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Falls Prevention

A Special Program to Help Patients Prevent Falling Accidents

Some of the most popular TV shows use slapstick comedy that shows people slipping on banana peels and taking a hard fall. But there’s nothing funny about falling in real life, especially for older people. Indeed, even simple falls in people over 65 are a major cause of death and disability for that age group. That’s one reason Regents Park Boca created a Falls Management Program.

Our program was designed to understand the nature of a patient’s fall. For instance, was it an accidental fall because of tripping over an item? Or was it because of a loss of balance? Or how about a fall that may have occurred secondary to a medical condition such as syncope, dizziness, a TIA (“mini stroke”) or some other medical situation? A fall can even occur from an undetected vision problem not spotted in routine eye exams.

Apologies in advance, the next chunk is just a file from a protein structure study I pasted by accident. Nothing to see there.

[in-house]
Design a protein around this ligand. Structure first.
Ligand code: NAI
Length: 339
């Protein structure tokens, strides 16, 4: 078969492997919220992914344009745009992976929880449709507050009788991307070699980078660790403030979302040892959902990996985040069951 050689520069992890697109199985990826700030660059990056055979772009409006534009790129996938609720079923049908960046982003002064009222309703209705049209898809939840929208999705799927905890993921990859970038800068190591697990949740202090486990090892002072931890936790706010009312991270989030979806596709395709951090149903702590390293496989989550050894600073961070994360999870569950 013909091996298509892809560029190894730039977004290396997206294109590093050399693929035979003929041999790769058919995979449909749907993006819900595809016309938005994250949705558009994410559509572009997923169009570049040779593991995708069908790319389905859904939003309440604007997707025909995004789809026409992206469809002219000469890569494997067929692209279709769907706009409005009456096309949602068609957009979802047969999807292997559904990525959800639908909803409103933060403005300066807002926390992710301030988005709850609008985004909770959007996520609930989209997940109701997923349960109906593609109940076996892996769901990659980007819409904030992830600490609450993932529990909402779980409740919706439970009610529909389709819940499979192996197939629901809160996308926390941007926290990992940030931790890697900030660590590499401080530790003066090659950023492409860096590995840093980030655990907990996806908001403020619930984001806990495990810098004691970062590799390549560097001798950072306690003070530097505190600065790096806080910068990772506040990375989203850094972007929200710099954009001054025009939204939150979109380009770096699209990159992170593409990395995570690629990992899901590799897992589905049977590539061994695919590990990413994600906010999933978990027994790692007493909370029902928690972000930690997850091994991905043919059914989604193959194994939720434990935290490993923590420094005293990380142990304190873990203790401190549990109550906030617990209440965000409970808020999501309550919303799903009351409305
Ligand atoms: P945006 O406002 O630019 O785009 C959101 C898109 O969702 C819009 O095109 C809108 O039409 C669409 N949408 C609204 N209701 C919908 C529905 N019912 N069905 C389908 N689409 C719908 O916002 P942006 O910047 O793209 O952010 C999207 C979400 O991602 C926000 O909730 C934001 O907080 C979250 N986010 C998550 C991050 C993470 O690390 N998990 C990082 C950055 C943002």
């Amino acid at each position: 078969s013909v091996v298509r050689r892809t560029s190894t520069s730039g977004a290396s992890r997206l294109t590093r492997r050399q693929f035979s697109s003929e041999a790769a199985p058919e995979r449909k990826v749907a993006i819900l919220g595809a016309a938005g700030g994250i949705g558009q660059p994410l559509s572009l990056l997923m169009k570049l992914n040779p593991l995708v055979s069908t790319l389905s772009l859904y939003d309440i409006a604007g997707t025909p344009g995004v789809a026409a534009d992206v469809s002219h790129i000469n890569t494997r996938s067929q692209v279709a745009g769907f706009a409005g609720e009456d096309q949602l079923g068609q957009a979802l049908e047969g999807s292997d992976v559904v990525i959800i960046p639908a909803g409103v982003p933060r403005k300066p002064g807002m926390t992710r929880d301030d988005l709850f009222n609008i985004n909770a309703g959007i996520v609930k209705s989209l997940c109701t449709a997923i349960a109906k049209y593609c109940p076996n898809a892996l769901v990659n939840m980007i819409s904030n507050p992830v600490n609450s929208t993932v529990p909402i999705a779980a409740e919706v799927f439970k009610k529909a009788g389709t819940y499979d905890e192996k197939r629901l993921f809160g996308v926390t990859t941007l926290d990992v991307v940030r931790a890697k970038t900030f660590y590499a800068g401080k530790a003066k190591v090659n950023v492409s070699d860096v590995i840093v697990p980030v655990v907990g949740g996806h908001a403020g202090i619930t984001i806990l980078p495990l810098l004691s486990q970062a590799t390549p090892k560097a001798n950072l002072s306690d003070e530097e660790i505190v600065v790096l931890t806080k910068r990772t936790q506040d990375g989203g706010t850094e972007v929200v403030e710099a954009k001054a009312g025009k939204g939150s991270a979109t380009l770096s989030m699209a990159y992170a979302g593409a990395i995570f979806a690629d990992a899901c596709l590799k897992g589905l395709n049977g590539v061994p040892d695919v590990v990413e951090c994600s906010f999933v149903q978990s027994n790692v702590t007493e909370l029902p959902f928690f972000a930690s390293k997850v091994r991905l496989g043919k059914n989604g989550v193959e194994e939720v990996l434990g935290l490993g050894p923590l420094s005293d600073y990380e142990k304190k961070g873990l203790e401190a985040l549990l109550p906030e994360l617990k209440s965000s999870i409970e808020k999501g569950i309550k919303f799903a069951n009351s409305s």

Falls can occur for any number of reasons, but once the reason is determined a comprehensive care plan to help prevent future falls is developed. The care plan is formulated after a thorough assessment of the patient’s current and past medical history, plus an evaluation by the physical, occupational and speech therapists and nursing professionals.

To determine appropriate interventions when cognitive issues are present, the team also assesses the patient’s specialized risk factors. Those factors may include dementia, denial, fear of falling, physical limitations and often depression, which is frequently associated with growing more dependent on others and losing the ability to go out with family and friends.

After all those assessments and with a solid care plan in hand, the team knows how to most effectively prevent a recurrence. They work with patients on strengthening, balance, posture and safety concerns. They also hold a discussion about the patient’s home environment and offer suggestions for improving safety there as well.

Of course, like most of our specialized approaches to care, education for both the patient and family members is also emphasized to help them learn how to avoid future falls by understanding the patient’s particular condition and any risk factors involved.

We realize that a fall can limit a patient’s ability to remain independent. We also know not all falls can be avoided. But with proper therapeutic intervention, education and support, falls can be significantly minimized.

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